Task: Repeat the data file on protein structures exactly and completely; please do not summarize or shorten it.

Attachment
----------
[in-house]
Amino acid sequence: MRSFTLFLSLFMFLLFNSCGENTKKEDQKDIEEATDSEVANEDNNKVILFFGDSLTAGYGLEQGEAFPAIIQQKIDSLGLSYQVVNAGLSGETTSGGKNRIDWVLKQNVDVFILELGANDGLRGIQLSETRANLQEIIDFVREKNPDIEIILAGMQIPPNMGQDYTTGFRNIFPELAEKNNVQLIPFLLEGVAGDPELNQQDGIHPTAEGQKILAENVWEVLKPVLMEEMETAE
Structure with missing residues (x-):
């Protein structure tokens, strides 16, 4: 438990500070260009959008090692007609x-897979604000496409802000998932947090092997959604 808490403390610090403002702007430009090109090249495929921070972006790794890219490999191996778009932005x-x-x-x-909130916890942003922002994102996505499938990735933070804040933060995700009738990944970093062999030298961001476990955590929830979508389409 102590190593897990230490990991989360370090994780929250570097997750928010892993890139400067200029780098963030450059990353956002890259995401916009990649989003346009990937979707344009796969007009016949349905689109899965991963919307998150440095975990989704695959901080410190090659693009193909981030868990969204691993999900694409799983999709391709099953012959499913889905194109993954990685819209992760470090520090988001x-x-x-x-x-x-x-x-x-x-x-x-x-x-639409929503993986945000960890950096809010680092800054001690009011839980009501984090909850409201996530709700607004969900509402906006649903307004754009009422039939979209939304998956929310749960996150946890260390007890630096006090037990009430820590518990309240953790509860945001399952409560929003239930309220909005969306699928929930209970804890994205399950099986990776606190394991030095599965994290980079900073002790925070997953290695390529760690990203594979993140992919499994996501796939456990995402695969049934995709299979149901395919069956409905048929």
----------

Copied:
[in-house]
Amino acid sequence: MRSFTLFLSLFMFLLFNSCGENTKKEDQKDIEEATDSEVANEDNNKVILFFGDSLTAGYGLEQGEAFPAIIQQKIDSLGLSYQVVNAGLSGETTSGGKNRIDWVLKQNVDVFILELGANDGLRGIQLSETRANLQEIIDFVREKNPDIEIILAGMQIPPNMGQDYTTGFRNIFPELAEKNNVQLIPFLLEGVAGDPELNQQDGIHPTAEGQKILAENVWEVLKPVLMEEMETAE
Structure with missing residues (x-):
């Protein structure tokens, strides 16, 4: 438990500070260009959008090692007609x-897979604000496409802000998932947090092997959604 808490403390610090403002702007430009090109090249495929921070972006790794890219490999191996778009932005x-x-x-x-909130916890942003922002994102996505499938990735933070804040933060995700009738990944970093062999030298961001476990955590929830979508389409 102590190593897990230490990991989360370090994780929250570097997750928010892993890139400067200029780098963030450059990353956002890259995401916009990649989003346009990937979707344009796969007009016949349905689109899965991963919307998150440095975990989704695959901080410190090659693009193909981030868990969204691993999900694409799983999709391709099953012959499913889905194109993954990685819209992760470090520090988001x-x-x-x-x-x-x-x-x-x-x-x-x-x-639409929503993986945000960890950096809010680092800054001690009011839980009501984090909850409201996530709700607004969900509402906006649903307004754009009422039939979209939304998956929310749960996150946890260390007890630096006090037990009430820590518990309240953790509860945001399952409560929003239930309220909005969306699928929930209970804890994205399950099986990776606190394991030095599965994290980079900073002790925070997953290695390529760690990203594979993140992919499994996501796939456990995402695969049934995709299979149901395919069956409905048929």